The equity market rally continued in April, with the S&P 500 index ending the month above the highs of 2018. Lyft, the online ride hailing and sharing app, came to the market for the first time at the very end of March. It was the highest profile stock sale of the year so far (although Uber has since listed at the beginning of May) and the first of a number of well-known ‘unicorns’ to undergo an initial public offering (IPO). While we did not participate, early performance may serve as an indicator for broader sentiment (and pricing attitudes) towards future issues. Performance has thus far been poor, as analysts cited concerns over future growth.
US first-quarter GDP exceeded expectations, coming in at 3.2% (annualised) versus consensus of 2.3%, with strong contributions from net foreign trade, inventories and stronger consumption. Inflation data, however, was to the downside, with the quarterly core personal consumption expenditure (PCE) deflator index rising only 1.3%. These conflicting signals, along with ongoing decreases in unemployment and increasing wage growth, may put the Federal Reserve in a difficult position; however, the market continues to price in at least one US rate cut in 2019.
In Europe, headline manufacturing indicators picked up slightly, but manufacturing data in Germany was still weak. Concerns over European growth linger, although certain data suggests that the region is entering a period of stabilisation. With inflation persistently low, the European Central Bank, along with many other central banks, kept rates on hold.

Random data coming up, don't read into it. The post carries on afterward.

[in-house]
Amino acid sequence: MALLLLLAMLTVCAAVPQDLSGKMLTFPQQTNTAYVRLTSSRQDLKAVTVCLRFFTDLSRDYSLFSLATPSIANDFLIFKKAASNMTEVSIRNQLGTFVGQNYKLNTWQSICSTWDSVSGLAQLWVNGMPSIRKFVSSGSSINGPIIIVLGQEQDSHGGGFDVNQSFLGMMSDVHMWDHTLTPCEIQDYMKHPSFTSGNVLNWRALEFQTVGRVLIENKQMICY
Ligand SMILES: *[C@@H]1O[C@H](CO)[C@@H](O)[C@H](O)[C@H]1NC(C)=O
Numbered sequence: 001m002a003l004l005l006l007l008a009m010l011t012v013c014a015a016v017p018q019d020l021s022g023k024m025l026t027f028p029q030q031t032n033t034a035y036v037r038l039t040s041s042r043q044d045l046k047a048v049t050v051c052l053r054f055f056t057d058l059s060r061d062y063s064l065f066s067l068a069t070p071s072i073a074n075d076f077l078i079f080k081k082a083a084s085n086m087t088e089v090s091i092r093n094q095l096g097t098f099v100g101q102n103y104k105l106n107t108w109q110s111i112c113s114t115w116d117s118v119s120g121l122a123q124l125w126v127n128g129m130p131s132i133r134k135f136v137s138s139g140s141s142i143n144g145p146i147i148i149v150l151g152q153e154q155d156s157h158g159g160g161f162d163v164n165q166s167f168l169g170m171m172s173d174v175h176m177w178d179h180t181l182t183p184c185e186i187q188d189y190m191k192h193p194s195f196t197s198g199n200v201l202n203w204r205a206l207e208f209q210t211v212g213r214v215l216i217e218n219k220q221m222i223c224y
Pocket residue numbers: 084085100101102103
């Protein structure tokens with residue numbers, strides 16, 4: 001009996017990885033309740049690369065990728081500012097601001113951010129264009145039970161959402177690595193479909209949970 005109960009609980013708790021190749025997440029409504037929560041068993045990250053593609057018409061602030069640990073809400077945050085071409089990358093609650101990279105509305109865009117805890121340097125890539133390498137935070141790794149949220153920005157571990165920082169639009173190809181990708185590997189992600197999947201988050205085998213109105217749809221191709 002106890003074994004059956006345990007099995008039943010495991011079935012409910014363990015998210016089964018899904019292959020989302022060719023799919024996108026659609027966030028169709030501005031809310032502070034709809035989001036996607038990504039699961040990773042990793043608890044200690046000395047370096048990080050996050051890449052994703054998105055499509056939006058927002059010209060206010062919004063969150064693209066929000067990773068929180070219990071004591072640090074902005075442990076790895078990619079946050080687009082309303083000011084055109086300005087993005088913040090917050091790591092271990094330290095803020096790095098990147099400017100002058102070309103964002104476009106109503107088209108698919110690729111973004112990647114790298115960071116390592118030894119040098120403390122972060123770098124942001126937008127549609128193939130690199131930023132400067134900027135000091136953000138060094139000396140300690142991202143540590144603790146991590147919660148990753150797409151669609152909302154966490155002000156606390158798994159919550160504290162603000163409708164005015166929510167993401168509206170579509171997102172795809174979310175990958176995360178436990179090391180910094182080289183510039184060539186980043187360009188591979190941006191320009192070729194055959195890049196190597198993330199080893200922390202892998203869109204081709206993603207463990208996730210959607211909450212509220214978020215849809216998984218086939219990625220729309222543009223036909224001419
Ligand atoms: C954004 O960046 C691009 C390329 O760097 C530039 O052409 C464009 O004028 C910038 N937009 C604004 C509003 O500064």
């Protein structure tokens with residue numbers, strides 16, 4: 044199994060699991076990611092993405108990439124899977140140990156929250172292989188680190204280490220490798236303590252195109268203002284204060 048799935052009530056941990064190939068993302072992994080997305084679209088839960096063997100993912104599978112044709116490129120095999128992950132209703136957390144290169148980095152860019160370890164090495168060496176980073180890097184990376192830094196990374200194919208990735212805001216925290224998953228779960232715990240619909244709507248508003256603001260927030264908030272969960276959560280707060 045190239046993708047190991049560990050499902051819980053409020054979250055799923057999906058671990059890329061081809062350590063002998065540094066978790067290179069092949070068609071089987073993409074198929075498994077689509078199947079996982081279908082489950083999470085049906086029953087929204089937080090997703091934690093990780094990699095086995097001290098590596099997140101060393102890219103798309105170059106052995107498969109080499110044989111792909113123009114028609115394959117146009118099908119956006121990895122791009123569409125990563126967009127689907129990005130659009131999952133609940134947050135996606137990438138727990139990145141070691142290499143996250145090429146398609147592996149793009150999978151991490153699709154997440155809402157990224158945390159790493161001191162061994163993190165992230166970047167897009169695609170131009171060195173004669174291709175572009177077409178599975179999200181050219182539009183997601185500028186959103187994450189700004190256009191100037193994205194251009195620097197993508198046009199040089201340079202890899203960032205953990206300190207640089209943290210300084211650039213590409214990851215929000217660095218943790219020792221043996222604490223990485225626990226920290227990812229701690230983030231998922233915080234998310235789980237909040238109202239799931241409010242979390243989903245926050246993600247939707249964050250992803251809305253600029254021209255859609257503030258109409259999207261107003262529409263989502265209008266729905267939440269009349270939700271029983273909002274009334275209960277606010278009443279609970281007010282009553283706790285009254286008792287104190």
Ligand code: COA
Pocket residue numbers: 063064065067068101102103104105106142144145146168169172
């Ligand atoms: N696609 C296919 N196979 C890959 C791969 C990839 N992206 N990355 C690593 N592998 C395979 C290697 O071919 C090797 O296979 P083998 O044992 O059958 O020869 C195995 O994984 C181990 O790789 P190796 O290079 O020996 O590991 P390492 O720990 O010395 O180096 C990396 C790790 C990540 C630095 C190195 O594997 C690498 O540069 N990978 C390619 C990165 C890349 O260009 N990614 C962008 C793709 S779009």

In the UK, growth improved slightly, although other data was mixed and Brexit continued to weigh on sentiment. With the Brexit deadline extended yet again on 31 October 2019, the UK is no closer to an agreement on any kind of deal. Prime Minister Theresa May has been having talks with the Labour opposition leader Jeremy Corbyn, but these talks have yet to yield any meaningful breakthroughs. Despite the government’s hopes, it looks likely that the UK will have to participate in European elections at the end of May.
We ended the month at a modest discount of 2.2%, having averaged a discount of 1.2% over the month and a premium of 0.1% over the first quarter of 2019.
Despite the recent recovery, valuation metrics in a number of areas remain reasonable and, providing that growth stays on a positive path globally, 2019 may see better returns than the year just past. Nonetheless, the cycle is mature, the bull market in stocks is extended, and outlooks for global growth in 2019 are starting to moderate. We expect that volatility will be heightened in the coming quarters, and we continue to invest in a range of diversified underlying stock-selection strategies. We remain well placed to withstand any further short-term volatility in markets.
All information as at April 2019, unless stated otherwise.